1) Contingent upon 80+% of the vehicle miles traveled in the U.S. in 30 years being by fully automated (“Level 5”)*** vehicles, I’ll bet up to $100 that 80+% of the brick-and-mortar Walmart and Target stores will have been shut down or repurposed to be warehouses (rather than retail establishments wherein people come to the store to buy things).

        But in 30 years, I’ll be over 85, so…

        2) Contingent upon 50+% of the vehicle miles traveled in the U.S. in 20 years being by Level 5 automation, I’ll bet up to $100 that 40+% of the Walmart and Target stores will have been shut down or repurposed.

        Per Walmart’s website, as of August 31, 2015, they had 5,249 stores in the U.S.

        Per Target’s website, they had 1793 stores at the end of 2013. So let’s say it’s at about 1810 stores today.
        P.S. ***My previous comment stated that Level 4 was fully autonomous. But it’s Level 5 that’s fully autonomous.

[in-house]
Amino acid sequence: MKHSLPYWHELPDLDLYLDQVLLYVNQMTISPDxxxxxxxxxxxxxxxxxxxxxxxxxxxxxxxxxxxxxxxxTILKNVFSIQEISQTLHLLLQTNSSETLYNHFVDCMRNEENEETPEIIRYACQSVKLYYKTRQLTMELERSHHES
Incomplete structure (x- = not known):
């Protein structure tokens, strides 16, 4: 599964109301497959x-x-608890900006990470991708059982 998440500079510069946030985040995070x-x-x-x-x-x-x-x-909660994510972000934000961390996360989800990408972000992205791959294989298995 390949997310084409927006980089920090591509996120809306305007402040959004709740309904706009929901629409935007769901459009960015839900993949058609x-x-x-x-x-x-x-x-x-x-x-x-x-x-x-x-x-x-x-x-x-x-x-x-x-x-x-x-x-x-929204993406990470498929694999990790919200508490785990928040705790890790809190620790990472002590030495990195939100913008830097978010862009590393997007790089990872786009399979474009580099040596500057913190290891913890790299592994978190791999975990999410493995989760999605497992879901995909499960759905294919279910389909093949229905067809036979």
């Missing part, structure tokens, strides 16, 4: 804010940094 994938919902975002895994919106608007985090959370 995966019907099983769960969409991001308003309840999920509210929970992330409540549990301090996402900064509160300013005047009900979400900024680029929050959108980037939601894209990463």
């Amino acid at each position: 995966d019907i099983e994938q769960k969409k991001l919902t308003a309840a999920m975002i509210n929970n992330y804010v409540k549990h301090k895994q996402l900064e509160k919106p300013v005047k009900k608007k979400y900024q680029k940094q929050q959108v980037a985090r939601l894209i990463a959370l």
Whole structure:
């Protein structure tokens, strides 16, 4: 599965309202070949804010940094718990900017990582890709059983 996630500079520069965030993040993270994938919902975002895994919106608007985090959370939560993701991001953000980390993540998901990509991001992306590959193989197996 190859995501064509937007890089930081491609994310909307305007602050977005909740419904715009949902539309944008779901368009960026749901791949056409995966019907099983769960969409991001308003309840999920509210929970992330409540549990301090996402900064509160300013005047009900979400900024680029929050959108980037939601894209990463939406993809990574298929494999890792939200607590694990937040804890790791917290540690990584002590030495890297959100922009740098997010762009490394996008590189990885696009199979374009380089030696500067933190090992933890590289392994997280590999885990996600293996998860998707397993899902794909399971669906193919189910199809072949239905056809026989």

• Lord

      No, not retail. Shopping offline is much easier than online for anything that requires immersive information and that won’t change this century. We haven’t begun to replace anything other than visual and textual information. Non shopping, that is, refilling of existing orders, online can be made to work but is hardly worth the effort.

      • Mark Bahner

        “Shopping offline is much easier than online for anything that requires immersive information and that won’t change this century.”
        What are some examples of things that require “immersive information,” and what percentage of store sales do you think require that “immersive information”?
        I’ll counter that the items most people would say most require a brick-and-mortar store…such as clothes and shoes…are actually much better handled by a fully autonomous vehicle delivery system, wherein customers receive several sizes to try at home, and return the unwanted items.
        Even with current technology, I’m pretty sure somebody on the order of Google/Amazon/Walmart/Target could set up a “virtual store” that could be navigated much like Google Earth Street View (though hopefully in a more intuitive manner!), and displayed on a big-screen LED TV. Technology like Oculus Rift would probably be even cooler for virtual shopping.